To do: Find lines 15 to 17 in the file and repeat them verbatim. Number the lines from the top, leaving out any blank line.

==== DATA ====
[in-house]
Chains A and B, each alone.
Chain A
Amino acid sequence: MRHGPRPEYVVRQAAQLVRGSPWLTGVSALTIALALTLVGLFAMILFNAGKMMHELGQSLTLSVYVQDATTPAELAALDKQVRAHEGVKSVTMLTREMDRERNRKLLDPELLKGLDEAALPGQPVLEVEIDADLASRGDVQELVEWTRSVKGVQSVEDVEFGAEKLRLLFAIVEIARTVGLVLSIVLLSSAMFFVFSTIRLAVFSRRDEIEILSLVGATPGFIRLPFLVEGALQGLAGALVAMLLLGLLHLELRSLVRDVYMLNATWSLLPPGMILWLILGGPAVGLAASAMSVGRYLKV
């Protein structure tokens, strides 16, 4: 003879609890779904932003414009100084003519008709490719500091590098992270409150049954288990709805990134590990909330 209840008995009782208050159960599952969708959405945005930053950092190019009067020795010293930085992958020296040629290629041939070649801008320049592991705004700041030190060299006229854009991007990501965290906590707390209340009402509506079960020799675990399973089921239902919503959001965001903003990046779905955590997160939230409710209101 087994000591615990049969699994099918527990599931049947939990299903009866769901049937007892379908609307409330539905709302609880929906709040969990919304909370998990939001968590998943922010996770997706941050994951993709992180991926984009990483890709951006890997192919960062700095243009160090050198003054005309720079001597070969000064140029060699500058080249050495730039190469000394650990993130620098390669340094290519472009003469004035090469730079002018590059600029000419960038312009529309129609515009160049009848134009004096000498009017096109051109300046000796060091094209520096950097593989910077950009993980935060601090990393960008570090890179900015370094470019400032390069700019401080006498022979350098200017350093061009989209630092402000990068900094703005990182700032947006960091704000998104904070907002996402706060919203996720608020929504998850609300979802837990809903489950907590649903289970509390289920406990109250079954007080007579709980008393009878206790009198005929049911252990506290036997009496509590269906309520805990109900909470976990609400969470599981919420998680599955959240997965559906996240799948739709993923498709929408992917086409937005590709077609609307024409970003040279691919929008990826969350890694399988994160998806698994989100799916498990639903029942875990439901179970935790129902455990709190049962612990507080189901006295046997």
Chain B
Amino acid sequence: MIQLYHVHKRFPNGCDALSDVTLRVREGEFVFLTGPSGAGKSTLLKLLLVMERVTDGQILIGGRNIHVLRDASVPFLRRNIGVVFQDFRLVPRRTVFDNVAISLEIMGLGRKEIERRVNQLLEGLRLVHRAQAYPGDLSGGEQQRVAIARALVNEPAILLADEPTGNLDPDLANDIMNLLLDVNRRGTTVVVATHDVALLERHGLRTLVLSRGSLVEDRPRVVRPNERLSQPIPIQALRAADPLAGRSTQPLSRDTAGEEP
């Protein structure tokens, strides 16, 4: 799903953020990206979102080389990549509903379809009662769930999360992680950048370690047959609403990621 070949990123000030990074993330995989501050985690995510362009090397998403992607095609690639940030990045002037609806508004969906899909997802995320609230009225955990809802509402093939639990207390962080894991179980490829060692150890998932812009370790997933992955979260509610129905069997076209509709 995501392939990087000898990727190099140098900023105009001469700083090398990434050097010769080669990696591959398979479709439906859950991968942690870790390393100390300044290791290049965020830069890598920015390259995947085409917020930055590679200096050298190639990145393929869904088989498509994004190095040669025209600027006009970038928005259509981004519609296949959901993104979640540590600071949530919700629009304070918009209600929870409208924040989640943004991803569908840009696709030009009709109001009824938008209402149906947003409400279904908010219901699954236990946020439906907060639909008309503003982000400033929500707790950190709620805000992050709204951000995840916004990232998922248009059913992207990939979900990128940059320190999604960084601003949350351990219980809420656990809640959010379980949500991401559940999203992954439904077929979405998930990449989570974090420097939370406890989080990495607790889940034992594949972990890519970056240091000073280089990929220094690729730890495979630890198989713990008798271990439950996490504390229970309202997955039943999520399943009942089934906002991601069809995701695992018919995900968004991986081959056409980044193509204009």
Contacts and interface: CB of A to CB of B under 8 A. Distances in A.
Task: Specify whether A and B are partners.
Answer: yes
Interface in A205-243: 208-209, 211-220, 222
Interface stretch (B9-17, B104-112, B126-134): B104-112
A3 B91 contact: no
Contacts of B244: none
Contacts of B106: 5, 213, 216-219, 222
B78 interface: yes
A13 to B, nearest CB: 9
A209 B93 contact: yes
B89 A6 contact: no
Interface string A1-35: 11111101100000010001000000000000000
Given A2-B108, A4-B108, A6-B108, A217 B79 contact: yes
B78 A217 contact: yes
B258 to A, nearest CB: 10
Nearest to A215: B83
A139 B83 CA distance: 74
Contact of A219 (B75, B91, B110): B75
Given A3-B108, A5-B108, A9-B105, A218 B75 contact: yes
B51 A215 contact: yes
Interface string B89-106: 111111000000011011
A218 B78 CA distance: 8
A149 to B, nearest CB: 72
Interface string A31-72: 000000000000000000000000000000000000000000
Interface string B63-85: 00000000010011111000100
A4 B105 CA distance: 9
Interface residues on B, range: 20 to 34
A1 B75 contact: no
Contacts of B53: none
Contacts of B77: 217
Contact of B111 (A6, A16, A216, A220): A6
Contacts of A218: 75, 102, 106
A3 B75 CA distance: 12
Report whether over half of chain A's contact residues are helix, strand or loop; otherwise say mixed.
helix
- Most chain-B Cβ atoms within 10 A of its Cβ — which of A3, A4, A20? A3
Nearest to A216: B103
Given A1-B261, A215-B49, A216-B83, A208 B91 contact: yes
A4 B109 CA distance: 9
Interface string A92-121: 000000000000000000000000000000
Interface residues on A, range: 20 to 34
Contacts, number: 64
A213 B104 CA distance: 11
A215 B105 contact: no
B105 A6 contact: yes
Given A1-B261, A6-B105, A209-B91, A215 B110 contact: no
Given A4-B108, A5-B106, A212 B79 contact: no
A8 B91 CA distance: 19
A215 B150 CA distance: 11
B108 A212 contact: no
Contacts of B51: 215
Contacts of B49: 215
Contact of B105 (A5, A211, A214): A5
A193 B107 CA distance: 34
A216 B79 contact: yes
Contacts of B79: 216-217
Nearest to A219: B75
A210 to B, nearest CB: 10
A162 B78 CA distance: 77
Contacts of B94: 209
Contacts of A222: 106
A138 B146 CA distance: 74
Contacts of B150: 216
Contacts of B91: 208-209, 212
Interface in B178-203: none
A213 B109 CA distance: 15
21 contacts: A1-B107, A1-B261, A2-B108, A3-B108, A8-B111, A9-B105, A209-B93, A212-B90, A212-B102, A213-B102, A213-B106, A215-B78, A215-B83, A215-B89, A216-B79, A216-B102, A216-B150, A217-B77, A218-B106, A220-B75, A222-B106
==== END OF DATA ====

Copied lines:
Contacts of B244: none
Contacts of B106: 5, 213, 216-219, 222
B78 interface: yes